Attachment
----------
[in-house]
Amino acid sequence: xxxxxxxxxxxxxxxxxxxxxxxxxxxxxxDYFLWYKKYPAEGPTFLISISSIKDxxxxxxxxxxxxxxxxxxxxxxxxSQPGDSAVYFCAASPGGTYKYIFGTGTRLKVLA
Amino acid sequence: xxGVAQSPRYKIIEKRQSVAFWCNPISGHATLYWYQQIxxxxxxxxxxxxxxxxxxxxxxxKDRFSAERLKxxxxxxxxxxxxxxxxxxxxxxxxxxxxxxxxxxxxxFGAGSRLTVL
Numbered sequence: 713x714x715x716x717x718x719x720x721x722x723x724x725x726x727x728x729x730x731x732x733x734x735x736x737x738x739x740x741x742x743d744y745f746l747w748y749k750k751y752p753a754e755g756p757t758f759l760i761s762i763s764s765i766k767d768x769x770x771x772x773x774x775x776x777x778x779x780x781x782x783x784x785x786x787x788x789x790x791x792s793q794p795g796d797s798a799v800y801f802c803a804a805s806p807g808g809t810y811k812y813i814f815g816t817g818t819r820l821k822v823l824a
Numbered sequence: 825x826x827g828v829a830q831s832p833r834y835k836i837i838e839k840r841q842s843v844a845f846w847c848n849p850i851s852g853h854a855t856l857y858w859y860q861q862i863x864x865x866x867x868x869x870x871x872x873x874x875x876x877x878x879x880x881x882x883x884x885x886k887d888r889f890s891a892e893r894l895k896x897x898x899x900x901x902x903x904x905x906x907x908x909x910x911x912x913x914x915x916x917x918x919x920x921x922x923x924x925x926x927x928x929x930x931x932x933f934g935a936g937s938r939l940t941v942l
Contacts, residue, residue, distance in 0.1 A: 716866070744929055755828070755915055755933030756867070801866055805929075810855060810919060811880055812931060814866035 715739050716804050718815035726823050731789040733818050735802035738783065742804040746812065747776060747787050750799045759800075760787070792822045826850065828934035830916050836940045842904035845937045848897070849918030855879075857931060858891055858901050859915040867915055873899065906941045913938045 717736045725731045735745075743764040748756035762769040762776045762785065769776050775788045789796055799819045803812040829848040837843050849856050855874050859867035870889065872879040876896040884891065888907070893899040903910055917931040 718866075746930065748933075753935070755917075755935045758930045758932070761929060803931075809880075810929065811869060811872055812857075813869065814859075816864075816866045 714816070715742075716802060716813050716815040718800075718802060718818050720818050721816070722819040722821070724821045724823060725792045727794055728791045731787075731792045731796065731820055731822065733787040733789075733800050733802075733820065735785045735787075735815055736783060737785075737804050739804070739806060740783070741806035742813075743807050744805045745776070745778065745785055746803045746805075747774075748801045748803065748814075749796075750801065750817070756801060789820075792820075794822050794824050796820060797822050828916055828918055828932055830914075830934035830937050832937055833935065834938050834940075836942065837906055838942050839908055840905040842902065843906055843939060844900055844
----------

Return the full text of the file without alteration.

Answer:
[in-house]
Amino acid sequence: xxxxxxxxxxxxxxxxxxxxxxxxxxxxxxDYFLWYKKYPAEGPTFLISISSIKDxxxxxxxxxxxxxxxxxxxxxxxxSQPGDSAVYFCAASPGGTYKYIFGTGTRLKVLA
Amino acid sequence: xxGVAQSPRYKIIEKRQSVAFWCNPISGHATLYWYQQIxxxxxxxxxxxxxxxxxxxxxxxKDRFSAERLKxxxxxxxxxxxxxxxxxxxxxxxxxxxxxxxxxxxxxFGAGSRLTVL
Numbered sequence: 713x714x715x716x717x718x719x720x721x722x723x724x725x726x727x728x729x730x731x732x733x734x735x736x737x738x739x740x741x742x743d744y745f746l747w748y749k750k751y752p753a754e755g756p757t758f759l760i761s762i763s764s765i766k767d768x769x770x771x772x773x774x775x776x777x778x779x780x781x782x783x784x785x786x787x788x789x790x791x792s793q794p795g796d797s798a799v800y801f802c803a804a805s806p807g808g809t810y811k812y813i814f815g816t817g818t819r820l821k822v823l824a
Numbered sequence: 825x826x827g828v829a830q831s832p833r834y835k836i837i838e839k840r841q842s843v844a845f846w847c848n849p850i851s852g853h854a855t856l857y858w859y860q861q862i863x864x865x866x867x868x869x870x871x872x873x874x875x876x877x878x879x880x881x882x883x884x885x886k887d888r889f890s891a892e893r894l895k896x897x898x899x900x901x902x903x904x905x906x907x908x909x910x911x912x913x914x915x916x917x918x919x920x921x922x923x924x925x926x927x928x929x930x931x932x933f934g935a936g937s938r939l940t941v942l
Contacts, residue, residue, distance in 0.1 A: 716866070744929055755828070755915055755933030756867070801866055805929075810855060810919060811880055812931060814866035 715739050716804050718815035726823050731789040733818050735802035738783065742804040746812065747776060747787050750799045759800075760787070792822045826850065828934035830916050836940045842904035845937045848897070849918030855879075857931060858891055858901050859915040867915055873899065906941045913938045 717736045725731045735745075743764040748756035762769040762776045762785065769776050775788045789796055799819045803812040829848040837843050849856050855874050859867035870889065872879040876896040884891065888907070893899040903910055917931040 718866075746930065748933075753935070755917075755935045758930045758932070761929060803931075809880075810929065811869060811872055812857075813869065814859075816864075816866045 714816070715742075716802060716813050716815040718800075718802060718818050720818050721816070722819040722821070724821045724823060725792045727794055728791045731787075731792045731796065731820055731822065733787040733789075733800050733802075733820065735785045735787075735815055736783060737785075737804050739804070739806060740783070741806035742813075743807050744805045745776070745778065745785055746803045746805075747774075748801045748803065748814075749796075750801065750817070756801060789820075792820075794822050794824050796820060797822050828916055828918055828932055830914075830934035830937050832937055833935065834938050834940075836942065837906055838942050839908055840905040842902065843906055843939060844900055844